New renderings for the Warriors’ Arena are released and now you are one of the first to get a sneak peak at what the new Warriors’ Arena will look like.
Highrises.com (North America’s high rise condo specialists) is covering this story because there is talk that the Arena plans also will include high rise condos. Not much has been revealed about the residential aspects, but new details have emerged for the main project which many people are calling Warriors’ Arena 3.0.
ALL THE DETAILS
The Warriors’ Arena will be just south of the Bay Bridge in San Francisco. A winding pathway surrounding the Arena will be open to the public and will have spectacular views of the Bay, the iconic bridge and panoramic views from fifty feet above sea level on the public. From the “Skyview Terrace” you will also be able to look into the court floor below to watch the game. For those that desire a more exclusive view there will be thirty-two courtside suites, forty typical suites and several club lounges to celebrate the wins or drown sorrows of a loss.
The arena will have 18,000 seats and will sit on the bay on Piers 30-32 which are currently in poor shape. The project will restore the crumbling pier and add a new icon to the bay. The new design is greener, the height has been decreased 10 feet shorter and includes gated parking for 500. The plan also will have a fire station with boat docks to accommodate three fire boats to take advantage of the unique location. Cruise ships will also have a doc to pull up into at the arena as will water taxis. The public will be able to see inside the arena creating a unique way for the community to experience basketball.
Besides the 170,000 square feet venue, the plan also will have 21,000 square feet of practice space for the NBA superstars to perfect their game. Also, there will be 90,000 square feet of leasable commercial space at the entrance to the pier which hopes to include a variety of restaurants, cafes and shops.
An exciting aspect is that one side of the arena can be transformed into a 4,000 seat high end theater for other events. Another part of the plan is the 333,000 square feet of open space including views of the waterfront which the designers are calling “Waterfront Park”. Sixty percent of the entire project consists of open space, yet we are still learning all the plans for these designated areas. If they are wise, they will create truly unique an innovative spaces for the public as “open space” has become a carrot catch all term from developers in urban environments.
WHO IS BEHIND THE CURTAINS?
The story of why The Golden State Warriors has decided to move from Oakland to San Francisco begins in 2010 when the Warriors were bought byVenture capitalist and entertainment entrepreneur Joe Lacob and Peter Guber. From the beginning, they stated their desire to move the Bay Area team to San Francisco. They want the team to be something that the city locals can be proud of. Joe Lacob said, “This is an incredible opportunity for the region. Building a state-of-the-art, environmentally friendly event pavilion, amid a myriad of public transportation options, represents smart development and an incredible economic engine, and it will ensure that the Warriors remain the Bay Area’s NBA team for the next 50 years.”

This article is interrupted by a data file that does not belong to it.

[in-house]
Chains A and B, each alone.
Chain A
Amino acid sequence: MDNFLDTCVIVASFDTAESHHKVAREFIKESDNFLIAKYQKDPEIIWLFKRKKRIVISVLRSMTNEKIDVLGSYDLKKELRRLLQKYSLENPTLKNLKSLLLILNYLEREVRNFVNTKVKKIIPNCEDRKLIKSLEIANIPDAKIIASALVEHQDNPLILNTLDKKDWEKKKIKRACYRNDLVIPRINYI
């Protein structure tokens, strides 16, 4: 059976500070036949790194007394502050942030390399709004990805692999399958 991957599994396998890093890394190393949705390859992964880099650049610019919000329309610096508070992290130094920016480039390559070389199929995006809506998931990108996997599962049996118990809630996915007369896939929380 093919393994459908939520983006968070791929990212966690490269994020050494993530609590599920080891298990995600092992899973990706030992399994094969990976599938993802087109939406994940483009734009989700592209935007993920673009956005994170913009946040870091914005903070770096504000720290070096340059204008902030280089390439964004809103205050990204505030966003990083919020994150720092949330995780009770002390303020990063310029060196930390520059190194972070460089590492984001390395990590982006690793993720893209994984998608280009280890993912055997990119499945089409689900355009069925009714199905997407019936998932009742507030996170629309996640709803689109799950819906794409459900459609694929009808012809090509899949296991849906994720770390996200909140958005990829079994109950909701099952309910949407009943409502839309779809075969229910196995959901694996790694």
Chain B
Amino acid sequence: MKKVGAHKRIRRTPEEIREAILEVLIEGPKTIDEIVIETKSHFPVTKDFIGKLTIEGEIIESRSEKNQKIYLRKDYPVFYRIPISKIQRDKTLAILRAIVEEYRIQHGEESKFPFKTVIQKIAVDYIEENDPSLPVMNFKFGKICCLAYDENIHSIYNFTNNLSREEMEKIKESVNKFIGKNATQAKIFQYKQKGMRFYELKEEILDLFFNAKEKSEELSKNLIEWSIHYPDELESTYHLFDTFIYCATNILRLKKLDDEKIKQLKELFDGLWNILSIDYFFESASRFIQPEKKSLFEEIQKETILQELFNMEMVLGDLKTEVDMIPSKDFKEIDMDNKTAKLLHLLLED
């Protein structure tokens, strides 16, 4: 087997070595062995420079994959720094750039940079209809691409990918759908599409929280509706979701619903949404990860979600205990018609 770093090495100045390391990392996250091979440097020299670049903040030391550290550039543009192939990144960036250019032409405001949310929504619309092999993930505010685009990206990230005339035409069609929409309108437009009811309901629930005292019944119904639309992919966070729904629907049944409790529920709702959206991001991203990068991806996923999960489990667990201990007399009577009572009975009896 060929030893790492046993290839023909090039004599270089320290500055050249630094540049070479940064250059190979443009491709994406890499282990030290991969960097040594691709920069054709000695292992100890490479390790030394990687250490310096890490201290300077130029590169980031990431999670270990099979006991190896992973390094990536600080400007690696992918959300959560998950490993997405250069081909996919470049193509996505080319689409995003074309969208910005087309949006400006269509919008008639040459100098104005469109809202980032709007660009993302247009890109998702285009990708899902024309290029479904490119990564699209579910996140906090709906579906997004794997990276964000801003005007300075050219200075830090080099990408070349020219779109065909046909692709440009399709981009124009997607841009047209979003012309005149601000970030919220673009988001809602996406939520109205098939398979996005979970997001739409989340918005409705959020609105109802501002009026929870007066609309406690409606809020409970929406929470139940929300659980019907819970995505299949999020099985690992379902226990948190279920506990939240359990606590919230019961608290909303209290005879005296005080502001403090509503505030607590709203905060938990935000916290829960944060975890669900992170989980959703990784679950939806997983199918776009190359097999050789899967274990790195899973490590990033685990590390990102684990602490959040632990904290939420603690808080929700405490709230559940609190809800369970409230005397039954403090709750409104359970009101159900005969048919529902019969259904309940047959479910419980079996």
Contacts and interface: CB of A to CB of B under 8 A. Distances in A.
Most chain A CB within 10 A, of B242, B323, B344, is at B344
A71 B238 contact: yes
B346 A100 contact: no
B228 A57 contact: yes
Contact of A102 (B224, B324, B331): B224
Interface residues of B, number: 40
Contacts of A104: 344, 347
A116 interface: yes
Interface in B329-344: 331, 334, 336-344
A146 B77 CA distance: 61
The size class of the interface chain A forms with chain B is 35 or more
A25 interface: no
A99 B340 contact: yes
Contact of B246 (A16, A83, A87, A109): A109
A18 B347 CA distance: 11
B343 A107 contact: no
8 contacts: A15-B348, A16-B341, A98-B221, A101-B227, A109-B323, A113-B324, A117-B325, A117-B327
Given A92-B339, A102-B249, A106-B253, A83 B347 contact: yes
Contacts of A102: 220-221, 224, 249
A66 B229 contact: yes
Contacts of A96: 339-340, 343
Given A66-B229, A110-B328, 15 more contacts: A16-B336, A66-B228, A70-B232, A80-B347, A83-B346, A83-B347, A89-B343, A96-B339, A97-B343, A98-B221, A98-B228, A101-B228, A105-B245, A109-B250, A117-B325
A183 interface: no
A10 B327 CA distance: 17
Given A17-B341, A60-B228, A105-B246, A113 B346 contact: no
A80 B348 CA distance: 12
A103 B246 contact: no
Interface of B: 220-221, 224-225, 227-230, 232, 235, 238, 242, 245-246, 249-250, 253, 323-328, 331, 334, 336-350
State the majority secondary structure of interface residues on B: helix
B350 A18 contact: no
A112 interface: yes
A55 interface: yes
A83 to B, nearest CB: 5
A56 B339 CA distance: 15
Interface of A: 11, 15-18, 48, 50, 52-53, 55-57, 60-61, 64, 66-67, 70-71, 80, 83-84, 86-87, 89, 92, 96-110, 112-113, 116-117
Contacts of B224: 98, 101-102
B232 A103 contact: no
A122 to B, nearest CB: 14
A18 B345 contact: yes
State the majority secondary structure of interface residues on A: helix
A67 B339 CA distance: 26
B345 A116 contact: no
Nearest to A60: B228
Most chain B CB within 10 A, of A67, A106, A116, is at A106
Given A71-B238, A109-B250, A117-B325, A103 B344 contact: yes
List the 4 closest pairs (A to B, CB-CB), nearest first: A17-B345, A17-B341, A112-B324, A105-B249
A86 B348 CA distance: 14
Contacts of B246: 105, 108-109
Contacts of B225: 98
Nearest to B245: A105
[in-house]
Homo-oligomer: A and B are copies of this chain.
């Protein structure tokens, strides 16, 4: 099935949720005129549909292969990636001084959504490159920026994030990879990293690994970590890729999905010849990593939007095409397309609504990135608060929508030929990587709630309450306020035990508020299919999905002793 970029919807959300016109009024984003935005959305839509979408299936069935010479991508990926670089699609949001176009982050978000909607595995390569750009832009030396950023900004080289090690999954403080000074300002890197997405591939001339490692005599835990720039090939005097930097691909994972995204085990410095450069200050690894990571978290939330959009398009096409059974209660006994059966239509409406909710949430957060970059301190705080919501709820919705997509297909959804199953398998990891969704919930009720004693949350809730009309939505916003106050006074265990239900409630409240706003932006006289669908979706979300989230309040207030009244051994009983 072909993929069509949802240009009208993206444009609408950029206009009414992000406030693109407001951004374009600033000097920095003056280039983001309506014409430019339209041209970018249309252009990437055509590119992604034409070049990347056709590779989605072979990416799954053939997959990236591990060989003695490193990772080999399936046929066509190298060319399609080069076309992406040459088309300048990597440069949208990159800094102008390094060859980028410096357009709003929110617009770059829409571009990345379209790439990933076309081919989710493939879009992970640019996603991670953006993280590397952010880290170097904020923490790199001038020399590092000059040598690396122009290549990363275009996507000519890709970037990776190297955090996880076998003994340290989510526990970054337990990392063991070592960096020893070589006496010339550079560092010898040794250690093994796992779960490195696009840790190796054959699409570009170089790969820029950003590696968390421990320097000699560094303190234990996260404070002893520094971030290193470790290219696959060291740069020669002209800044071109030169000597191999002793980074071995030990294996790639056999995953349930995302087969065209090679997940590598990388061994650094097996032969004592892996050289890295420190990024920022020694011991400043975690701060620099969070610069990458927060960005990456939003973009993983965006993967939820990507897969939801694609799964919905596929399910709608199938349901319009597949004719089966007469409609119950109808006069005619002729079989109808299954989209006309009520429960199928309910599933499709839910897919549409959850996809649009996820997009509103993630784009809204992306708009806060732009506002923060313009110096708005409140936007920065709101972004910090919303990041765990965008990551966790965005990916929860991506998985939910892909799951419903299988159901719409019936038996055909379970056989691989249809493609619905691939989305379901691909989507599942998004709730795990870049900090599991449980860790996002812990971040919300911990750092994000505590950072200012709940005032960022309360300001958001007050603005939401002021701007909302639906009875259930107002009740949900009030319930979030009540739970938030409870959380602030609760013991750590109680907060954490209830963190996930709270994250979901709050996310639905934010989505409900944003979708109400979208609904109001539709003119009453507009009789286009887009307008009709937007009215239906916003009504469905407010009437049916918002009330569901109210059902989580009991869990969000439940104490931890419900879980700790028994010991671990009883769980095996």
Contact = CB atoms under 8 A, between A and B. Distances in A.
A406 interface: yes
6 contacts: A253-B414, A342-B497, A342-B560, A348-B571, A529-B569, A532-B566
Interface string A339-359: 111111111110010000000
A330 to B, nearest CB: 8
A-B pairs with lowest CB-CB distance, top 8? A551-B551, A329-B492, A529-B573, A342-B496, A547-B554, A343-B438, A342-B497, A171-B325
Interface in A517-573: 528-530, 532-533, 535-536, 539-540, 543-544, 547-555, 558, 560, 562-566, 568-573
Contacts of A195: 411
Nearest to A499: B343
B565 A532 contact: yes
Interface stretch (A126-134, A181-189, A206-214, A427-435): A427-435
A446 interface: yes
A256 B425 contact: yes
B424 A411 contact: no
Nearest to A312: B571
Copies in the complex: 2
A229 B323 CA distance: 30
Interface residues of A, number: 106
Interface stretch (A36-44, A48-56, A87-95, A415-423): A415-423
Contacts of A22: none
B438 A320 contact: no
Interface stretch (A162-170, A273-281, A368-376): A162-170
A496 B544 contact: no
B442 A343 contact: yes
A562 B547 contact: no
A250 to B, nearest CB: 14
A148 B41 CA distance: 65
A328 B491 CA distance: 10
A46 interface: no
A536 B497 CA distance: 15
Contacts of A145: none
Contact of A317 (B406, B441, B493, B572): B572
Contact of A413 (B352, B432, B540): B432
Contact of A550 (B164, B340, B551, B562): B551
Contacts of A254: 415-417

The architects who were hired to design the project are Snøhetta Architects and released their first initial design in 2012. Snøhetta currently has other projects underway including Houston’s new transit station, Ryerson University's new Student Learning Centre in Toronto, Isabel Bader Centre for the Performing Arts in Ontario, Far Rockaway Library in New York and SF MOMA’s expansion.
The project manager is Manica Architecture based in Kansas City who focus exclusively on large scale public assembly facilities. David Manica has an impressive resume including lead design on theToyota Center, Reliant Stadium, O2 Arena London, the New Wembley Stadium in London, England and the Beijing Olympic Arena. Recently Manica was selected to create China’s first NBA Center inWuqing and the World Cup Stadium in Moscow.
Although San Francisco’s Mayor Ed Lee and city leaders support the project as it will bring in revenue to an otherwise run down pier, the project is not without disapproval from other civic leaders and residents who are concerned with environmental impacts and reality that the views of the bay will become less to the public. Also, at the root of the opposition is a core concern of lack of vision of long term planning in the City, specifically, if a basketball arena is the best fit for the culture in San Francisco.
With the recent public vote to oppose the new luxury high-rise 8 Washington, economists, city planners, real estate agents and residents are curious what the next large scale residential development will be in the city with the housing market in high demand. The new Warriors’ Arena could ultimately have neighboring mid or high rise residences, but it’s unclear if the voters will take this to a vote and let it pass or vote it down. Ultimately the amount of fans vs. opponents to the project will greatly impact the decision as this will likely come to a vote by the public if the Warriors’ Arena will be built.
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